Leave it to the Spurs to make the most of a seemingly untenable situation. Forced to trade away the future in Kawhi Leonard along with Danny Green for DeMar DeRozan and Jakob Poeltl, in addition to losing Dejounte Murray to a torn ACL in the preseason, San Antonio integrated the new pieces seamlessly while uncovering another important cog along the way (Derrick White). Ushering in a new era of Spurs basketball, they also matched an NBA record for most consecutive playoff appearances (22), and nearly unseated the second-seeded Denver Nuggets in the opening round. Murray returns for 2019-20, and the expectation internally is for San Antonio to remain competitive.
> 30 Teams in 30 Days: San Antonio Spurs
Stability and in-house player development remain franchise pillars, so the Spurs made few moves over the summer in terms of acquisitions. Instead, they shifted the foundation of their stability by changing the management structure. San Antonio promoted former GM and two-time NBA executive of the year, R.C. Buford, to chief executive officer, and moved Brian Wright into his spot as GM. Most importantly, the organization locked up coach Gregg Popovich for another three years with a new contract. … The coaching staff also changed. With assistants Ettore Messina (Olimpia Milano) and Ime Udoka (Philadelphia 76ers) departing, San Antonio added future Hall of Famer Tim Duncan to Popovich’s bench along with Will Hardy ... Holdover Becky Hammon hasn’t been named the team’s lead assistant, but given Popovich’s penchant for ejections -- including two in one week last season -- there’s a chance this season she becomes the first woman to serve as coach in an NBA game. … On the player front, San Antonio traded for veteran DeMarre Carroll and added Trey Lyles in free agency ...
1. Stingy defense needs to return. A perennial presence among the league's top defenses under Popovich, the Spurs slipped to an astonishing 20th (115.5 points allowed per 100 possessions) last season. Defense is the foundation to everything the Spurs do. Popovich won’t let it happen again.
2. Young guards are the future. The Spurs were giddy last summer about the progress Murray displayed in open gym. But a torn ACL last preseason derailed that, forcing White onto the floor. A then-second-year man, White delivered with 15.1 points and three assists per game in the playoffs. This duo should form one of the NBA’s best defensive backcourts for years to come.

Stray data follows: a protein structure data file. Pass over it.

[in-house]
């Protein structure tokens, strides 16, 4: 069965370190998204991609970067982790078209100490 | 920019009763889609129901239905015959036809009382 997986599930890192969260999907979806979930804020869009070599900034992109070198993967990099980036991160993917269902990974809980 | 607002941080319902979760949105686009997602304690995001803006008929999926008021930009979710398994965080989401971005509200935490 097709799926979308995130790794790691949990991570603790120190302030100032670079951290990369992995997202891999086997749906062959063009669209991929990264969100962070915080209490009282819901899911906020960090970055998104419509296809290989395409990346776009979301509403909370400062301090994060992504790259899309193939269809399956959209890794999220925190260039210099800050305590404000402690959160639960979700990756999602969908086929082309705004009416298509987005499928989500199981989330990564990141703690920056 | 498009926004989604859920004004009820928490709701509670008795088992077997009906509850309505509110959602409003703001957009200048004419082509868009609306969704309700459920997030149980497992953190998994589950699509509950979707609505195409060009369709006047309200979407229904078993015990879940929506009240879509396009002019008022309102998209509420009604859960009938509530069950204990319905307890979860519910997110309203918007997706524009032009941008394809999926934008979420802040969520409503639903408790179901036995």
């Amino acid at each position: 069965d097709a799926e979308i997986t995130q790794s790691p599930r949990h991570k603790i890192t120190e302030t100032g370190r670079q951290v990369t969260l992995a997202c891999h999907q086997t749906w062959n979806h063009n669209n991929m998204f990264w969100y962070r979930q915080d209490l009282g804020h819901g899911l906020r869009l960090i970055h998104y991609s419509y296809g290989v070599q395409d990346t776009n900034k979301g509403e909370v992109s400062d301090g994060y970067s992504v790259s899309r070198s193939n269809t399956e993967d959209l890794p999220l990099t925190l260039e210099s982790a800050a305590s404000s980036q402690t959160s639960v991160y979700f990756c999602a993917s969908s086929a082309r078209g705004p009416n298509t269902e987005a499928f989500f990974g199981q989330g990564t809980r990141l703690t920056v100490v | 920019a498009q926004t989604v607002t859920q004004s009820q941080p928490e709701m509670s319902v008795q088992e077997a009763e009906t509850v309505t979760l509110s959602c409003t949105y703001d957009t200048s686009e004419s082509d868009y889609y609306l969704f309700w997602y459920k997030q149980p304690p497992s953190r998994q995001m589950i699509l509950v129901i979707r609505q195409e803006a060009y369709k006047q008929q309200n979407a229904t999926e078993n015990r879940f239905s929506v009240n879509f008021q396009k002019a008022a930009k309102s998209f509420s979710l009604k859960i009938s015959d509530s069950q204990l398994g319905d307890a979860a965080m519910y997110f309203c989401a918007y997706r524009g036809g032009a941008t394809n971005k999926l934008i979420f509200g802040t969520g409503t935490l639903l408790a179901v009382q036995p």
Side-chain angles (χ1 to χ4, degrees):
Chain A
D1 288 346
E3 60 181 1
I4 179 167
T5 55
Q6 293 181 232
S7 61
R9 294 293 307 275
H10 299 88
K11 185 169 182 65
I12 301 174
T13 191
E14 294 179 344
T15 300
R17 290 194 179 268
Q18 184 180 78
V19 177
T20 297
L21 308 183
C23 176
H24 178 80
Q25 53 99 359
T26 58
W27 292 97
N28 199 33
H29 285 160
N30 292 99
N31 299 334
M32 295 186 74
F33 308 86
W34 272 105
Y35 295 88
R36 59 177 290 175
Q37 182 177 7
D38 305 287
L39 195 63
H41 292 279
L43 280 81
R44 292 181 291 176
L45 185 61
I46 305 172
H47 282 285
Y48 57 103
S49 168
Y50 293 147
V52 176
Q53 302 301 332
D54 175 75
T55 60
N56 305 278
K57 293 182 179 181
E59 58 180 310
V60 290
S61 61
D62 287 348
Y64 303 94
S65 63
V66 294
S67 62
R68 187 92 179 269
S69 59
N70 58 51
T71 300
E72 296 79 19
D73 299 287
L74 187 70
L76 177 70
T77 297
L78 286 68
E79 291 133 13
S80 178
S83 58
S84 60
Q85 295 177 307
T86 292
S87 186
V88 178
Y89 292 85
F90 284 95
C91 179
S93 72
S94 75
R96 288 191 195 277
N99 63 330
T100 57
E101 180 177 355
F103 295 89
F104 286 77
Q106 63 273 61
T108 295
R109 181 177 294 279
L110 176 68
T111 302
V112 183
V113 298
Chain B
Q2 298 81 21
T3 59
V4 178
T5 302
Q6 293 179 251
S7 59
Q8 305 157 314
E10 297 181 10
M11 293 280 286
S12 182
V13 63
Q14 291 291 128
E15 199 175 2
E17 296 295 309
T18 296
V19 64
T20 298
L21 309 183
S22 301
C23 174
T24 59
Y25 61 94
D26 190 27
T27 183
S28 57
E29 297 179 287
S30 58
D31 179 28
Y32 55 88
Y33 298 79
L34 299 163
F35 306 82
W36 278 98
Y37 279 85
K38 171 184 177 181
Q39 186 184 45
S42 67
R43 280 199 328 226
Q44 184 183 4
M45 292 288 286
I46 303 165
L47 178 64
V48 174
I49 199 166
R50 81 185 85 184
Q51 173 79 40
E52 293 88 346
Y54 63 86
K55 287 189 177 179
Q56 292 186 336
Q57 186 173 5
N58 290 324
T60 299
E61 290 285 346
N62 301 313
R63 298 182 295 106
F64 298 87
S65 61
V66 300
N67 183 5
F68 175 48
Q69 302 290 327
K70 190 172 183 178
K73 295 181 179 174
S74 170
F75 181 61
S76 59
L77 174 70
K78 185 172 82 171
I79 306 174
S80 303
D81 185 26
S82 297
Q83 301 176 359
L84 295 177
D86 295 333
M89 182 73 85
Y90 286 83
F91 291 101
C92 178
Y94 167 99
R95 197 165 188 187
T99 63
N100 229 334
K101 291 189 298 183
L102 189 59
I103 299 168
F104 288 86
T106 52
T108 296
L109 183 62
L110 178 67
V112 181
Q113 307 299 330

3. Don’t forget about Lonnie Walker IV. Missed 17 games as a rookie due to a knee injury, but absolutely lit it up in summer league, averaging 30 points per game while shooting 58 percent from the field. Athleticism and versatility should get him into the rotation this season. Watch out.
MAN ON THE SPOT
Deeply hurt by the trade from Toronto, DeRozan handled it with class, putting together arguably his best all-around season in Year 1 with the Spurs. DeRozan connected on his best shooting percentage since his rookie year (48.1) while tallying the best assist (6.2) and rebounding (6) averages of his career. With San Antonio considering signing him to a max extension, DeRozan is now working diligently to improve 3-point shooting.
Dejounte Murray | (DNP in 2018-19)
Improved shooting and elite defensive skills make for a future bright, but he may start season coming off bench.
Derrick White | 9.9 ppg, 3.7 rpg, 3.9 apg
Popovich said what held back White in past was a lack of confidence, but that’s no longer the case.
DeMar DeRozan | 21.2 ppg, 6.0 rpg, 6.2 apg
Even if he misses, Popovich will still want him shooting more 3s this season.
LaMarcus Aldridge | 21.3 ppg, 9.2 rpg, 1.3 bpg
Hit nearly 52% while taking almost two fewer shots. His game is aging like one of Popovich's vintage wines.
Jakob Poeltl | 5.5 ppg, 5.3 rpg, 1.2 apg
Ramped up training intensity this summer to take “a significant step forward.”
Patty Mills | 9.9 ppg, 2.2 rpg, 3.0 apg
Coming off a strong showing in international play, Mills is the longest-tenured Spur.
DeMarre Carroll | 11.1 ppg, 5.2 rpg, 1.3 apg
Adds shooting, defense and chemistry with DeRozan from their time together in Toronto.
Rudy Gay | 13.7 ppg, 6.8 rpg, 2.6 apg
Gay could begin the season as a starter depending on how the Spurs handle their young guards.
THE BOTTOM LINE
No longer viewed as one of the league’s elite, San Antonio still has the leadership to go with a solid blend of youth and experience to pull off a surprising postseason run. The Spurs are in transition, but they should at least break the NBA record with their 23rd consecutive playoff appearance.
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